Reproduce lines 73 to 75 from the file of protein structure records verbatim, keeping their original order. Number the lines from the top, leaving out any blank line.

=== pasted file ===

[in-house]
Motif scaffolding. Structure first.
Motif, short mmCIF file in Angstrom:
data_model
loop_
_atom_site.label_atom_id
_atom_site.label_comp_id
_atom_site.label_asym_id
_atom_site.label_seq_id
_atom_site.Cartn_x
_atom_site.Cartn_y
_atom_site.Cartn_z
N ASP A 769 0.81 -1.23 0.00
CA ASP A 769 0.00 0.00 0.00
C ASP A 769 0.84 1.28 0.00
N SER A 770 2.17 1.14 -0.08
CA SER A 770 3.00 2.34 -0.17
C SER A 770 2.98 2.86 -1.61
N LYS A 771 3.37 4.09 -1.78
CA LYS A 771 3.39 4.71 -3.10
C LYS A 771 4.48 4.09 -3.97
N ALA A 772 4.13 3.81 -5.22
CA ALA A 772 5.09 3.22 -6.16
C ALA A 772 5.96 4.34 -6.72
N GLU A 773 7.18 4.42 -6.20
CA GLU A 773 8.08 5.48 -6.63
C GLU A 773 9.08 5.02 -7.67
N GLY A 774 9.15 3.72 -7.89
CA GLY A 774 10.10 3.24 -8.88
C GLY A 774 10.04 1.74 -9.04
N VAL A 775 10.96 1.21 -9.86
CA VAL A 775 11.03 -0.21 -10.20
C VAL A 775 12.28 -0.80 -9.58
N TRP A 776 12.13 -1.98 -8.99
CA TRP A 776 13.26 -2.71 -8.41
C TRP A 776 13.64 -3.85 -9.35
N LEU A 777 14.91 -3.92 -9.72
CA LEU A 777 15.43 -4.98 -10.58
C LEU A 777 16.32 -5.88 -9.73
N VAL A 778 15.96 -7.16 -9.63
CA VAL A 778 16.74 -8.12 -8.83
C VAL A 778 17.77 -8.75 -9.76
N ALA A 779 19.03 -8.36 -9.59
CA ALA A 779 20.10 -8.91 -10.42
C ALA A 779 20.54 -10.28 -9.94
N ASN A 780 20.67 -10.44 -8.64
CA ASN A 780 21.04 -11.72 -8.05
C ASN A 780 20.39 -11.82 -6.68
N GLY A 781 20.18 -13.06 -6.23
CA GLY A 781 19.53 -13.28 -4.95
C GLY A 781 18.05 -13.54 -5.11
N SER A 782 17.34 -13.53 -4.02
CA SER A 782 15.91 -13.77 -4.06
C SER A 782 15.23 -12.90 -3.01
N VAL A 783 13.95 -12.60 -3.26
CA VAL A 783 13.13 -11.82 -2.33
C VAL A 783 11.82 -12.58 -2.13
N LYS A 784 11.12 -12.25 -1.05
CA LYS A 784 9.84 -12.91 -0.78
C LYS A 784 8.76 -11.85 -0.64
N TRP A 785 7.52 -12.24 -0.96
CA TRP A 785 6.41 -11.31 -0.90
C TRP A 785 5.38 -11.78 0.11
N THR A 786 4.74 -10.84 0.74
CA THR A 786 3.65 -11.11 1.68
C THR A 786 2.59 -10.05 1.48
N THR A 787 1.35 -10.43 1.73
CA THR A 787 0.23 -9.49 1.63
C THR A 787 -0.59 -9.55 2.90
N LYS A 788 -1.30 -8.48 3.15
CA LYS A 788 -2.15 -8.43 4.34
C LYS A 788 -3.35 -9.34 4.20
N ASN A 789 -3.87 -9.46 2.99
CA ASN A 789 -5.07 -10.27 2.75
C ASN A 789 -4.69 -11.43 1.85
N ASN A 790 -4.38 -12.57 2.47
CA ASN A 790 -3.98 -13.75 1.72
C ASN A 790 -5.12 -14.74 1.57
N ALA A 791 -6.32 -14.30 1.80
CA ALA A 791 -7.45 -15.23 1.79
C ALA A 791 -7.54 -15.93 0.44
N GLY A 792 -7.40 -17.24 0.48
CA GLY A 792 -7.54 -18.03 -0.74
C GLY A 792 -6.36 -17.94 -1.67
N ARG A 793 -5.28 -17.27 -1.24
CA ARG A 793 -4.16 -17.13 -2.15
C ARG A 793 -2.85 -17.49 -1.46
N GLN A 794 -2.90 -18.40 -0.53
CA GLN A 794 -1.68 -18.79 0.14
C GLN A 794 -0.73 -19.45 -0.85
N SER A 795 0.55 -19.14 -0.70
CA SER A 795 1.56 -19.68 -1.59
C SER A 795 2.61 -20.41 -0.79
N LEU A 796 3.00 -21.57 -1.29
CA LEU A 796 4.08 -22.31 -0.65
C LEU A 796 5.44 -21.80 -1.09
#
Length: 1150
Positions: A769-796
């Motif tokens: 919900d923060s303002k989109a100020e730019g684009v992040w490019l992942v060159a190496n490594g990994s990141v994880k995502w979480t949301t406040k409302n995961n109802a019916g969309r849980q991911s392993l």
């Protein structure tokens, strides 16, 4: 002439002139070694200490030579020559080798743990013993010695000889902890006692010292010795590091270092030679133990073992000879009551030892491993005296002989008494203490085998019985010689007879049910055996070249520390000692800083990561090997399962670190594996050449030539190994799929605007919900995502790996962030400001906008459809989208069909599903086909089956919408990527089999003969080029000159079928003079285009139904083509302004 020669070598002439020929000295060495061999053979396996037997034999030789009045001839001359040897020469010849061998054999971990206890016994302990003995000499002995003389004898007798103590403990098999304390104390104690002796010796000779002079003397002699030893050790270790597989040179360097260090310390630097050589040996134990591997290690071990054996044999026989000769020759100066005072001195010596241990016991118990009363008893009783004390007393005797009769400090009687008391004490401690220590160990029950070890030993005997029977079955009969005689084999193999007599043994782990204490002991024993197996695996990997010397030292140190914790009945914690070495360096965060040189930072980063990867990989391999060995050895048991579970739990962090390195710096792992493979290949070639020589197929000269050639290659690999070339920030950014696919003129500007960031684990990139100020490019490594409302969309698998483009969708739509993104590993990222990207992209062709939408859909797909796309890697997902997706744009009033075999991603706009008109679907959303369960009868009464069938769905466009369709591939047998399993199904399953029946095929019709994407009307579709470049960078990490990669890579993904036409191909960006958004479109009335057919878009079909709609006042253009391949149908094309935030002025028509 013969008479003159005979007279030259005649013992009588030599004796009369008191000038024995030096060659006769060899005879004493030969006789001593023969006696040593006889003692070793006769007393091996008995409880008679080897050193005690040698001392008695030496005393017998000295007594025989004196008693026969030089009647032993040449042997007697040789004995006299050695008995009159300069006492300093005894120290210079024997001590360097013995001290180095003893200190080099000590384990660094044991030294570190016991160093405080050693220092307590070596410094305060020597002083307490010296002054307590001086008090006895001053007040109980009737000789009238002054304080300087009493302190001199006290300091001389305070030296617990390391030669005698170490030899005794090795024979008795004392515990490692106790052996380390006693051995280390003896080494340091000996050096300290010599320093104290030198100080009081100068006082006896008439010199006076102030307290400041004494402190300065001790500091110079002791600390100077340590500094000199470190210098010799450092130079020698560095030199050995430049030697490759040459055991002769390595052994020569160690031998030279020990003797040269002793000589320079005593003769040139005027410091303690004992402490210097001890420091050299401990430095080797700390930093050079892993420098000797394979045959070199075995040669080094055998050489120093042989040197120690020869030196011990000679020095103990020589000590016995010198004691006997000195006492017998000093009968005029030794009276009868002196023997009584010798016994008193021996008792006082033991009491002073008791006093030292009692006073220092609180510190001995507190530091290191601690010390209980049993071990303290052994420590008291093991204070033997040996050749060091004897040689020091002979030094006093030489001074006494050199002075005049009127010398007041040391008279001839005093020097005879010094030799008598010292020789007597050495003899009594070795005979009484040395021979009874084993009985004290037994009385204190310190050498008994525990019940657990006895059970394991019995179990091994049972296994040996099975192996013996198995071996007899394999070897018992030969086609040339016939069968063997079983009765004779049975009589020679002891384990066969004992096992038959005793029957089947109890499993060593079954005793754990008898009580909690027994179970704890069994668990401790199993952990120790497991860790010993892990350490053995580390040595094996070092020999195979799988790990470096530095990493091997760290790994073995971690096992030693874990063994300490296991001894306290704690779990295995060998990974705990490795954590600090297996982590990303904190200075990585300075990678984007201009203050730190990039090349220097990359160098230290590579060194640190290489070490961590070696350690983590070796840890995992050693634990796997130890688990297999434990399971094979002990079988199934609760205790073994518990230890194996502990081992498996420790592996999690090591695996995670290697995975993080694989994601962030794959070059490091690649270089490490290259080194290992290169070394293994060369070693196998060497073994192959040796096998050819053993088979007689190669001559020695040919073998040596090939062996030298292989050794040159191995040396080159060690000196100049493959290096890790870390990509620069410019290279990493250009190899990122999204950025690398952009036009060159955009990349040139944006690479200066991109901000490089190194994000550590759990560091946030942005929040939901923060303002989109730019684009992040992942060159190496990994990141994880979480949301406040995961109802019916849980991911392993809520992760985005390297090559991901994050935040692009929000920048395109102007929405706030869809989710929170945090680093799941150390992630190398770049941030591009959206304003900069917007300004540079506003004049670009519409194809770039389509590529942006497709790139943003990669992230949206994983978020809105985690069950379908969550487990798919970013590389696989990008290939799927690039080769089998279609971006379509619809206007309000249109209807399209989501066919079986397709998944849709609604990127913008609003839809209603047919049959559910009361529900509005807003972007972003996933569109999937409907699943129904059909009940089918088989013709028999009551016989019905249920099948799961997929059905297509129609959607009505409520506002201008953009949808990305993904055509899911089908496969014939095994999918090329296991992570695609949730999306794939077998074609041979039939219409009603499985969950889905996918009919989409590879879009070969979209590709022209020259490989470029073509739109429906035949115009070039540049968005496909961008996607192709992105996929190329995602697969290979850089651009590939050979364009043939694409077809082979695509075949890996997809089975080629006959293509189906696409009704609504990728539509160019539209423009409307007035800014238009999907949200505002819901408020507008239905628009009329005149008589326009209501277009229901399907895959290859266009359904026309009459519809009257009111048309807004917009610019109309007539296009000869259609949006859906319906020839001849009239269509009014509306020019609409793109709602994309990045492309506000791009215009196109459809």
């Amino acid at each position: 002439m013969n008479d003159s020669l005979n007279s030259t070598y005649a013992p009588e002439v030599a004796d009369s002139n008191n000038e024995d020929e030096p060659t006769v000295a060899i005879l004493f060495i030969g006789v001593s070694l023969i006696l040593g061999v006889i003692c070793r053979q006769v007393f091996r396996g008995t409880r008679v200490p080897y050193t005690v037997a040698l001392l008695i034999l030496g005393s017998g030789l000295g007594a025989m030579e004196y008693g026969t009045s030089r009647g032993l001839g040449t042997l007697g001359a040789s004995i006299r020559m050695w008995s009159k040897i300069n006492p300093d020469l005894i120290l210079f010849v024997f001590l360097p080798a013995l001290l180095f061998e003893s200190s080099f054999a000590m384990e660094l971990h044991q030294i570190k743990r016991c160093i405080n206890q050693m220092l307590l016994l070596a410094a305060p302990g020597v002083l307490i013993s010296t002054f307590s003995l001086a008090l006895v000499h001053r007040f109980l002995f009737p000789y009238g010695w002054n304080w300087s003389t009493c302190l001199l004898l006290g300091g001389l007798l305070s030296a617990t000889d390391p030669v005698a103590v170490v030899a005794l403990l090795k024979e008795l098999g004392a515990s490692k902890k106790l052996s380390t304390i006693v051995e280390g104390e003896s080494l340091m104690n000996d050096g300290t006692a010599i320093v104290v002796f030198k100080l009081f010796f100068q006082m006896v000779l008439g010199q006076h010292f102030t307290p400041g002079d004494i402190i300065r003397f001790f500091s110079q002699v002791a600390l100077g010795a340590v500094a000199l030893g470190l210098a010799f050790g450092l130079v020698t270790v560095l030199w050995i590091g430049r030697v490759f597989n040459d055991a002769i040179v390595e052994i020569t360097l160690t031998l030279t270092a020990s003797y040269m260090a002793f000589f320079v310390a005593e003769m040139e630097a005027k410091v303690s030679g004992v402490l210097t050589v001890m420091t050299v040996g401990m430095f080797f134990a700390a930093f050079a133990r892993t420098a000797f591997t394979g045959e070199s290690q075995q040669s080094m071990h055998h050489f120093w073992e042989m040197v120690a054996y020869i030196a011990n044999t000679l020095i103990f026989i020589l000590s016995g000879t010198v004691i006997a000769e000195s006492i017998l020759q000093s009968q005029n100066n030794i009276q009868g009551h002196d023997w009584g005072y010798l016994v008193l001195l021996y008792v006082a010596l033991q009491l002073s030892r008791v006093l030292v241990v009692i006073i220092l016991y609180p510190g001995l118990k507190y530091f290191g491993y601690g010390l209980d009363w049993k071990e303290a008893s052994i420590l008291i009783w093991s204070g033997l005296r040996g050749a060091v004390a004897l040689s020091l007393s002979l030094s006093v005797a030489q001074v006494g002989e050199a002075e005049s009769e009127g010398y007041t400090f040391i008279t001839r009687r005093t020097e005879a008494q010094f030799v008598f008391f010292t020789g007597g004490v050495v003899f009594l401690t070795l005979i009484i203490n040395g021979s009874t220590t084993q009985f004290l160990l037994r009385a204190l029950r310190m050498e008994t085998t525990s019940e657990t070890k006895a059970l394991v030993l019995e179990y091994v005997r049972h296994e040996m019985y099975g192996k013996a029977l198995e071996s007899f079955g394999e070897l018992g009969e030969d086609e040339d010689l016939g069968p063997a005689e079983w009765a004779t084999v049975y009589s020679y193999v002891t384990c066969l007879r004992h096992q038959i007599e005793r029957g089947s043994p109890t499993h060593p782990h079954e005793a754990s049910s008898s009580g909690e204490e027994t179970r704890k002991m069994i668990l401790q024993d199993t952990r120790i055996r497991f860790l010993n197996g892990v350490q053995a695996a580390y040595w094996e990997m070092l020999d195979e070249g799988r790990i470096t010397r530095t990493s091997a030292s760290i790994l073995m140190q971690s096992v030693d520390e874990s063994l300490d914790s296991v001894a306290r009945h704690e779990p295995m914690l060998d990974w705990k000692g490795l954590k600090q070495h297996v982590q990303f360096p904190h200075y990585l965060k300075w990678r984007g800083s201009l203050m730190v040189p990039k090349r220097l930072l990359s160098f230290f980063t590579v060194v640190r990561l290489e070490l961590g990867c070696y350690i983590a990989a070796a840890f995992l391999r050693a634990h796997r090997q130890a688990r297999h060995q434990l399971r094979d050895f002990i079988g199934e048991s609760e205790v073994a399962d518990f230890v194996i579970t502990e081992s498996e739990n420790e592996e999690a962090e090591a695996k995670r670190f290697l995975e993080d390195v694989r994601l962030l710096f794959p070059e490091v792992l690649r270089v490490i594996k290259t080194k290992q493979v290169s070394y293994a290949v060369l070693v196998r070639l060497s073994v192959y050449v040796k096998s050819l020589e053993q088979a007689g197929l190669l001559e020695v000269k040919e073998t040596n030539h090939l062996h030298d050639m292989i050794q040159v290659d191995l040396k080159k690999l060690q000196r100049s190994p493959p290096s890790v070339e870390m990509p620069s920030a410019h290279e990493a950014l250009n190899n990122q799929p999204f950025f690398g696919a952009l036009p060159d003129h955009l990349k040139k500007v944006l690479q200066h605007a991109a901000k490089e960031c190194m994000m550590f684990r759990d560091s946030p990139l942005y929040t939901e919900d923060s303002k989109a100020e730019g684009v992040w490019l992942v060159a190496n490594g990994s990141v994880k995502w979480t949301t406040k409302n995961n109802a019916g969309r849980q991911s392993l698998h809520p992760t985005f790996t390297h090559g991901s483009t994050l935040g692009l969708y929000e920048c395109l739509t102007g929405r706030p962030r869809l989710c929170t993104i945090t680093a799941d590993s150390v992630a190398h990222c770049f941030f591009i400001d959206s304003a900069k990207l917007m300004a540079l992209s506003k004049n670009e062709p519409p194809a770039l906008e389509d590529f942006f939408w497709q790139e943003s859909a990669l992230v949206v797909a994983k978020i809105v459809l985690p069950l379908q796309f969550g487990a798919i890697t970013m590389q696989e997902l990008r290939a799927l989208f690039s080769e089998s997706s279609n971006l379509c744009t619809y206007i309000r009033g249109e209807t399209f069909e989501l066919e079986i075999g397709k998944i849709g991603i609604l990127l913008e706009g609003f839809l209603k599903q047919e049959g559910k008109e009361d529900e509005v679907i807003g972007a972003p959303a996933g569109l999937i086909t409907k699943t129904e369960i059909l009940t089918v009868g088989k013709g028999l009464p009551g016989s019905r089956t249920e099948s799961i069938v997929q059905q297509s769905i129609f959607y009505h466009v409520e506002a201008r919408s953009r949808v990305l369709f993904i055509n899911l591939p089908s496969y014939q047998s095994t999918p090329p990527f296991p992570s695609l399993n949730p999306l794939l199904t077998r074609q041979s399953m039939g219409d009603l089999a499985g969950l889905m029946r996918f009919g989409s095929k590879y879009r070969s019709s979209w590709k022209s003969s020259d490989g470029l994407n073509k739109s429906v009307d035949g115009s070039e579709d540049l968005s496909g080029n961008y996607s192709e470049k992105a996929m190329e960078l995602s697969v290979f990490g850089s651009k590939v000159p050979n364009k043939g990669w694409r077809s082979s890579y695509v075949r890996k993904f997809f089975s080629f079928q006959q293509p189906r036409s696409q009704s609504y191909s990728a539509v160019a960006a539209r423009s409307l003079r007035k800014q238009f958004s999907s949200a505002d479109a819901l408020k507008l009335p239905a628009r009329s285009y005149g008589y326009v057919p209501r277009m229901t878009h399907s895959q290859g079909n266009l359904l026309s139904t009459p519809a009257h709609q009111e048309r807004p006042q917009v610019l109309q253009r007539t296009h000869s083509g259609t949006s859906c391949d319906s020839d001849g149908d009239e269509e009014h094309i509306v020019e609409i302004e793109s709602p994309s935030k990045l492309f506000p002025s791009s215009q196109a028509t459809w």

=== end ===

N ASN A 789 -3.87 -9.46 2.99
CA ASN A 789 -5.07 -10.27 2.75
C ASN A 789 -4.69 -11.43 1.85